[0067] At block 608, the email address is entered into appropriate databases as a valid address, typically by the address update module 210 of the distribution list manager 204 of FIG. 2.

[0068]FIG. 7 shows an exemplary implementation of a method 700 of ordering the email servers to efficiently validate the email addresses associated with the servers. In one implementation, the distribution list member mailer module 212 of FIG. 2 is configured to perform the method 700. The method 700 is an enhancement to method 400, and is inserted between blocks 406 and 408.

[0069] At block 702, the ranking criteria are decided. The criteria used to prioritize email servers may include: the number of email addresses, contained within the distribution lists or a list of unique email addresses, associated with each server; the level of available CPU resources associated with each email server; the level of network activity associated with the network with which each server is most active; or other criteria.

[0070] At block 704, where the number of email addresses associated with each email server is to be used to rank email servers, the number of email addresses associated with each server is calculated. Thus, the email server associated with the most email addresses contained within the distribution lists is ranked first, and other email servers are ranked in a similar manner.

[0071] At block 706, where the level of available CPU resources associated with each email server is to be used to rank email servers, the email server with the greatest CPU resources to be used to validate email addresses is ranked first, while email servers with less CPU resources ranked lower.

[0072] Note that block 704 can follow block 706, block 706 can follow block 704, or block 704 and block 706 can be performed as alternatives. Where both blocks are performed, available CPU resources and the number of email addresses associated with the mail servers are both taken into account in the ranking process. In one implementation, where email servers available CPU resources exceed a threshold, they are ranked according to the number of email addresses associated with each server.

[0073] At block 708, email servers are selected by rank. After selection, the email addresses associated with each email server are validated. After the email addresses associated with one email server are validated, a further email server is selected and the process is repeated until all email addresses in the distribution lists are found to be valid or invalid.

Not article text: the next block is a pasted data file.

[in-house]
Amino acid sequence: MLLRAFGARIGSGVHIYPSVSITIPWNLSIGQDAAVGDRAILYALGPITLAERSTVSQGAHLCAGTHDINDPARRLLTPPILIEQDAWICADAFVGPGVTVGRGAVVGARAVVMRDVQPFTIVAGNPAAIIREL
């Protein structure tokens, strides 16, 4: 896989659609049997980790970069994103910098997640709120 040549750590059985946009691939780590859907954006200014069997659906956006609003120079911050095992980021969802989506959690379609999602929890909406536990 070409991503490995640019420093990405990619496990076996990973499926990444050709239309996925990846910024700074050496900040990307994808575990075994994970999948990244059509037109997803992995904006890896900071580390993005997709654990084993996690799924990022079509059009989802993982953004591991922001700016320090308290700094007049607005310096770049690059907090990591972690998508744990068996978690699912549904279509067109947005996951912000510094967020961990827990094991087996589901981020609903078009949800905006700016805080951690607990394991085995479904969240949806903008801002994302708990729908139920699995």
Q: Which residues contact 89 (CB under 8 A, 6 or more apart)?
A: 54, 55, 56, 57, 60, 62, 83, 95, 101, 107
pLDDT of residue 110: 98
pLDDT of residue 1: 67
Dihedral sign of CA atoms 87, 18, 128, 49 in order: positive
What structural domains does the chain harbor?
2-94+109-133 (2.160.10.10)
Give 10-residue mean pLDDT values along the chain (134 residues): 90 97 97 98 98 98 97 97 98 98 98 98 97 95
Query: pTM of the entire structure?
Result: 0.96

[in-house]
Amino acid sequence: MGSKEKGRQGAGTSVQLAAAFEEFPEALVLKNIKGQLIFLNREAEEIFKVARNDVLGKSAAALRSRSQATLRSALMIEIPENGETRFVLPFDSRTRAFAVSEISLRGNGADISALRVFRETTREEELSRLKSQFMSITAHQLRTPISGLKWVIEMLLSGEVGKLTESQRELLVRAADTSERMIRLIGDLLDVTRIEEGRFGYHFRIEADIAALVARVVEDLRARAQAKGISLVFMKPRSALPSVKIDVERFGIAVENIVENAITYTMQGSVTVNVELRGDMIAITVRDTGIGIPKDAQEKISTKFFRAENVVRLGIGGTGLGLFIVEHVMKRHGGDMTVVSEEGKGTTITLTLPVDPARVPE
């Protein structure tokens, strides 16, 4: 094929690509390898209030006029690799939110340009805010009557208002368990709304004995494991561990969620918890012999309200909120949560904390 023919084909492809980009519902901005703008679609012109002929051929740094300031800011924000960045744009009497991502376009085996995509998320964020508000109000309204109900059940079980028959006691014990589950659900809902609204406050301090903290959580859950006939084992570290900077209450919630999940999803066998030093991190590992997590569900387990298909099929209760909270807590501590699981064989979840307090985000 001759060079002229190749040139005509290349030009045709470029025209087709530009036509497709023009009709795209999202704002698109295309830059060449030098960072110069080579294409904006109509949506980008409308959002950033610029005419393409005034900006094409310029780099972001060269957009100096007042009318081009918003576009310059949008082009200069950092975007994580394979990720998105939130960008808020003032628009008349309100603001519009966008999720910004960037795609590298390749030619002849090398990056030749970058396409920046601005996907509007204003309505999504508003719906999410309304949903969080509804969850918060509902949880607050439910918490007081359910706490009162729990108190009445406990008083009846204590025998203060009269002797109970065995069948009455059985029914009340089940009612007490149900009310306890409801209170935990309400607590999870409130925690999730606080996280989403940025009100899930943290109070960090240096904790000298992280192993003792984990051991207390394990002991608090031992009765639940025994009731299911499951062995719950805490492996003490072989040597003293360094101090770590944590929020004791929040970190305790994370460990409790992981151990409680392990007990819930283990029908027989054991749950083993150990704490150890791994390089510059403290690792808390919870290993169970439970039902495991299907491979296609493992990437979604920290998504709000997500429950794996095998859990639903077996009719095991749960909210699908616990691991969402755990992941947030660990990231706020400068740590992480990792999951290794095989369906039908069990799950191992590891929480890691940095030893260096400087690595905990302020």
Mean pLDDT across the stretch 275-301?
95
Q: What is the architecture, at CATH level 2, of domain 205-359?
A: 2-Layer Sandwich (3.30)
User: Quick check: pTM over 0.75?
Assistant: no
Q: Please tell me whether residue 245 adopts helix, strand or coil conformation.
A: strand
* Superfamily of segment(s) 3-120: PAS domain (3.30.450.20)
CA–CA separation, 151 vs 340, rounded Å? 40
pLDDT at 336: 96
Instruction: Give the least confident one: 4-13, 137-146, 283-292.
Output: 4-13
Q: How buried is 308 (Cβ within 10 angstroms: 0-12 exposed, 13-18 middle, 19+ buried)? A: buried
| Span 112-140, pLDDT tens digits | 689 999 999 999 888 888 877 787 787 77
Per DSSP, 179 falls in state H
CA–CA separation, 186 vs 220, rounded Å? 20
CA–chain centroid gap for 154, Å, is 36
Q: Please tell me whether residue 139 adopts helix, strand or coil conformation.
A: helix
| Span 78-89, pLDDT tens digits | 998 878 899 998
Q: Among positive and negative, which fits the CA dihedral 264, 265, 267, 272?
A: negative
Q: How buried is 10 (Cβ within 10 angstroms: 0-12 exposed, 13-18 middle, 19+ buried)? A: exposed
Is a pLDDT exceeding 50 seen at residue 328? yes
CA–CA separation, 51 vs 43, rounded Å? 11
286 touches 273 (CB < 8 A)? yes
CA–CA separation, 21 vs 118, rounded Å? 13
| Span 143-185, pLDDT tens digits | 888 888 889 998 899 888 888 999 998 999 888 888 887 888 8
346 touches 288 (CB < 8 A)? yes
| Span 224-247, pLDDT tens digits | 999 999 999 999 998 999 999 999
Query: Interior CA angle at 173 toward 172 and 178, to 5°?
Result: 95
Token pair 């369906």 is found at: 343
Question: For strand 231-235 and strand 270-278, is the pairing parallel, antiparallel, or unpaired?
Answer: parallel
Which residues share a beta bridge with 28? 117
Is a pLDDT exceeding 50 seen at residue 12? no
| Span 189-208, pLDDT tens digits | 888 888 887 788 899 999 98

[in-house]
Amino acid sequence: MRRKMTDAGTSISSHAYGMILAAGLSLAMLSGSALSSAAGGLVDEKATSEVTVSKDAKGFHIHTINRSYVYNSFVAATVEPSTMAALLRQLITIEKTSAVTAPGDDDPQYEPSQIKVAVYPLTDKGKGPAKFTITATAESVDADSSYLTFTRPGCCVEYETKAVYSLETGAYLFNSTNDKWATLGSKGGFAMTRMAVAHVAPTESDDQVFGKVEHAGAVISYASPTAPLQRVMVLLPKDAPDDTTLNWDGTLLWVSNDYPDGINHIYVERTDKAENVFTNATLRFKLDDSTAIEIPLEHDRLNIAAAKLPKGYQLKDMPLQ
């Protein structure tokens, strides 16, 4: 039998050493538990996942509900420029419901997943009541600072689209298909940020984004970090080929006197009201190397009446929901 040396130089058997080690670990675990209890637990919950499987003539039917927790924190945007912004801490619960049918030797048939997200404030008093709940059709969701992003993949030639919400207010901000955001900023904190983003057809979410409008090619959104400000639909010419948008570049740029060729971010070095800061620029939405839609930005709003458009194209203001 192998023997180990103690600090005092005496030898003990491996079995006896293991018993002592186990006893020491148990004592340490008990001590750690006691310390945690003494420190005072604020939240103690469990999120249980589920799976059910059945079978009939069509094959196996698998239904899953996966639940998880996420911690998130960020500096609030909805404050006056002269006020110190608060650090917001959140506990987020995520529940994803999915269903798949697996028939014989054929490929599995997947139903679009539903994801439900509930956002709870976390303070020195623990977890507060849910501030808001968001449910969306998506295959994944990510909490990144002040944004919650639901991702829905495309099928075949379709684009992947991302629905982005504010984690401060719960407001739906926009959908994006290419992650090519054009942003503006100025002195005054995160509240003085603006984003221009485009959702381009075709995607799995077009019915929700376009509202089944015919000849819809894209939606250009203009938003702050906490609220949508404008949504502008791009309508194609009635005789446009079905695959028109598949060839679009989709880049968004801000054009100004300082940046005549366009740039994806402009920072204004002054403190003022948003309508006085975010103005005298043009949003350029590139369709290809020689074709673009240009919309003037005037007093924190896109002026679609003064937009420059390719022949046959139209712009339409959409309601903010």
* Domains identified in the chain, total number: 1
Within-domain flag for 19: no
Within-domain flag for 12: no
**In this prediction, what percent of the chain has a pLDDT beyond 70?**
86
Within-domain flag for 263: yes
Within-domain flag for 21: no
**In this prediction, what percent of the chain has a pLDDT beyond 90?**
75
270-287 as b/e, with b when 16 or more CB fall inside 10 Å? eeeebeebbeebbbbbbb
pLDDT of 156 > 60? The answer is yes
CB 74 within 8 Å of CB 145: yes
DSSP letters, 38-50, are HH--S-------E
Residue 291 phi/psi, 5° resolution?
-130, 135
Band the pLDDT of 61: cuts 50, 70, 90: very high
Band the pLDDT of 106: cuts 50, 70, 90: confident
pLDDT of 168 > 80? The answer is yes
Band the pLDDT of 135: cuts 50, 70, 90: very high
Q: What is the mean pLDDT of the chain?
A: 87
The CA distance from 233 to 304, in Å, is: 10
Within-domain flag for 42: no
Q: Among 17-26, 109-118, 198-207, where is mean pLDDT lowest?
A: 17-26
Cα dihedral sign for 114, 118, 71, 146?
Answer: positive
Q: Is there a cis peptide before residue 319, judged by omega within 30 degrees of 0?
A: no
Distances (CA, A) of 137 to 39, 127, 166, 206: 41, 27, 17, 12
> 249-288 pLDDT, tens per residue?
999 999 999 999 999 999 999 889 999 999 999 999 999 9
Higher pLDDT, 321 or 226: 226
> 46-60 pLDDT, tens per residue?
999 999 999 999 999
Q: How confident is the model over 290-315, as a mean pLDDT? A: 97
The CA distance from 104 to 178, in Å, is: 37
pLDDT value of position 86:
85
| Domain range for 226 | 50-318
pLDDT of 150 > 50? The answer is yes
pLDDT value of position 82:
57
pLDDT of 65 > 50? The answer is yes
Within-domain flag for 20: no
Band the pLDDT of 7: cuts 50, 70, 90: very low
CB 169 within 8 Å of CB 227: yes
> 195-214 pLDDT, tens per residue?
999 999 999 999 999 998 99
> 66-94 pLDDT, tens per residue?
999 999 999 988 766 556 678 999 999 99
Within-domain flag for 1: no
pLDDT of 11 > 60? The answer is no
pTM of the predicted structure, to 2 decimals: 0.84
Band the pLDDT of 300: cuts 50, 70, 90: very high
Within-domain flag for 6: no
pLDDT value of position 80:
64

[0074] Conclusion

[0075] Accordingly, a system and method of maintaining distribution lists contained within a digital transmitter allows discovery of invalid email addresses prior to their actual use in the distribution of digital files, and aids in the replacement of invalid addresses with valid addresses. A CPU resource evaluator module determines that the available CPU resources of the digital transmitter exceed a threshold value, typically indicating that the digital transmitter is substantially idle. An email query module queries email servers to determine if email addresses on a distribution list are valid. Where an address is invalid, an administrator messaging module sends an automated email to the administrator of the email server asking for an updated email address. Where an updated address is available, an address update module replaces the invalid email address with the updated email address.

[0076] Although the disclosure has been described in language specific to structural features and/or methodological steps, it is to be understood that the appended claims are not limited to the specific features or steps described. Rather, the specific features and steps are exemplary forms of implementing this disclosure. For example, while the distribution list manager has been disclosed to produce a list of unique email addresses, and to further group the unique email addresses according to their email server, other searching, sorting and data manipulation techniques could be used to prevent repeatedly attempting to verify email addresses on more than one distribution list. Additionally, while one or more methods have been disclosed by means of flow charts and text associated with the blocks, it is to be understood that the blocks do not necessarily have to be performed in the order in which they were presented, and that an alternative order may result in similar advantages.

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Classifications
U.S. Classification709/206
International ClassificationG06Q10/00, H04L29/12, H04L12/58
Cooperative ClassificationH04L51/28, H04L51/30
European ClassificationH04L12/58